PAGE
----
FIDIC Climate Change Charter: what does it all mean?
An estimated 70% of global carbon emissions come from the building and operation of infrastructure with a staggering seven percent of global carbon emissions coming from concrete alone. If we are to come anywhere close to achieving net zero by 2050, the construction and engineering community must play a crucial and immediate role.
FIDIC, the International Federation of Consulting Engineers, representing over 40,000 companies and more than one million professional engineers, is taking a welcome lead in galvanising the industry to take action to reduce carbon emissions and tackle the climate crisis.
On 11 November 2021, FIDIC published its first Climate Change Charter: a call to action for the construction and engineering community to take immediate steps to meet the United Nation’s Sustainable Development Goals and to support the transition to net zero.
This blog takes a closer look at the Climate Change Charter and considers what it may mean for FIDIC users.
The Climate Change Charter in a nutshell
The Climate Change Charter sets out, in basic terms, how the construction and engineering community should address climate mitigation and engineer the resilience of the built environment in the decades to come:
“FIDIC wants to align the global FIDIC community around a number of concise, ambitious aspirations and commitments to mitigate climate change and put consulting engineering at the forefront of global innovation in technical and behaviour solutions.”
The Climate Change Charter’s goals are to:
- Reduce emissions related to member operations across the industry.
- Reduce embedded and operational carbon emissions in the building and infrastructure projects on which engineers consult, design and deliver.
- Support climate change adaptation through mitigation and design of disaster or event resilient infrastructure.
The Climate Change Charter is structured to provide guidance on commitments to all participants in the engineering community including individual professional engineers, project teams and schemes, companies and institutions, including FIDIC itself. It recognises that all participants in the industry have different roles to play and includes the following actions:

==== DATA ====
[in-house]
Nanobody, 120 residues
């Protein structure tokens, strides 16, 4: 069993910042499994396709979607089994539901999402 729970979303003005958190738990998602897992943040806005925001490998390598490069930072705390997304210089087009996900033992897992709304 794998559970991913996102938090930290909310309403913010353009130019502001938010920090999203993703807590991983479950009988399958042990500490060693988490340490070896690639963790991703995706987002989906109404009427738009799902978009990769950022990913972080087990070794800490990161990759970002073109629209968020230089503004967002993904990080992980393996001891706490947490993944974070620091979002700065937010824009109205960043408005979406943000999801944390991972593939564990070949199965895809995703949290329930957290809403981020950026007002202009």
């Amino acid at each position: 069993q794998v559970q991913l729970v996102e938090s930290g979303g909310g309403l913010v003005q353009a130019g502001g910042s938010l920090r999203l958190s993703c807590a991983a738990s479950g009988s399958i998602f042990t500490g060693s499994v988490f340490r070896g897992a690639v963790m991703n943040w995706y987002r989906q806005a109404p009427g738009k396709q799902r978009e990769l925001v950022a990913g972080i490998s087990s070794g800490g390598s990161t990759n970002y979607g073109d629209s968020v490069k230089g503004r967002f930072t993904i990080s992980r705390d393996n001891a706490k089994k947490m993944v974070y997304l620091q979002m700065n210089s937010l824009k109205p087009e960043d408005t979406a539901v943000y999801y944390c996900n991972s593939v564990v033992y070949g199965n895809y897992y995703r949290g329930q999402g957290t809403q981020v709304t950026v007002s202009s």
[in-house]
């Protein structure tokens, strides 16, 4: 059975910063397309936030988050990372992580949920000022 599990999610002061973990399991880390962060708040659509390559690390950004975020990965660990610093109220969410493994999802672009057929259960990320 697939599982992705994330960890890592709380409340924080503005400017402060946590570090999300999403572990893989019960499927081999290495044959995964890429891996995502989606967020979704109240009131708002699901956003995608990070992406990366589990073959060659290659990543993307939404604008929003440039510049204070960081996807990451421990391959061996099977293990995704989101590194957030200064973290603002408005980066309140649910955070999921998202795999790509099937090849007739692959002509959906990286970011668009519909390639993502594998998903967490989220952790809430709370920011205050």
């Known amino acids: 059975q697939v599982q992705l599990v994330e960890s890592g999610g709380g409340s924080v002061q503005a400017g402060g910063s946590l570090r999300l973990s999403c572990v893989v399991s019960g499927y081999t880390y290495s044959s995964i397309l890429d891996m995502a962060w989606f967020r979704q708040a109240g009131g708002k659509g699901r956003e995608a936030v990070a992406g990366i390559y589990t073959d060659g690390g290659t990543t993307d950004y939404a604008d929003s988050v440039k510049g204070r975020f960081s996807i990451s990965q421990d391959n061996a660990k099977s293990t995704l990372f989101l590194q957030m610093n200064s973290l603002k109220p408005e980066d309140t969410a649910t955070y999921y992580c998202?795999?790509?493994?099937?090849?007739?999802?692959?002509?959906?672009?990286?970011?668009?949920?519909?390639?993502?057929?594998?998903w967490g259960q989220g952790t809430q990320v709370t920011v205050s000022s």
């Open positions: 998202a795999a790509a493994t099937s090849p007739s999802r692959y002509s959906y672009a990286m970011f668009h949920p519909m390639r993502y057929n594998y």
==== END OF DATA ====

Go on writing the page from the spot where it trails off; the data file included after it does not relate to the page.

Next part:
- FIDIC member associations, which operate in over 100 countries, are to promote FIDIC climate action resources and develop country-relevant guidance on climate-relevant engineering, taking account of national energy mix, country-specific vulnerabilities, regional/local cultural and economic circumstances and infrastructure demand.
- Project teams and schemes are to collaborate to develop their commitment to climate action taking into consideration geographical location, business environment, scale and available resources. In particular, project teams are to advise clients on carbon reduction objectives and the risks their project poses to the environment and also establish appropriate metrics to monitor and report on embedded carbon emissions through design, construction and operation of infrastructure.
- Companies are to develop and promulgate policies and corporate objectives promoting a climate responsible approach to business and projects and develop a team of “climate change champions” to act as resources to promote and implement the company’s climate strategy. FIDIC encourages companies to take a science-based approach to decarbonising their operations and supply chain.
- Individual professional engineers are to become experts on climate science and innovative engineering solutions and know the total carbon load of every design they create, or project they work on, and to strive to lower that figure every year.
What may this mean for FIDIC users?
FIDIC promises to
“provide best practice templates and clauses that can be incorporated at the scheme, project, and programme level…”
and will develop “guides, briefings and tools that also need to be developed” to achieve carbon reduction. It’s therefore a safe assumption that FIDIC users can expect to see, at some point, publication of further guidance on environmental provisions – perhaps just as a briefing, perhaps as a set of amendments to the current standard forms or perhaps by way of inclusion in new standard forms. We don’t yet know.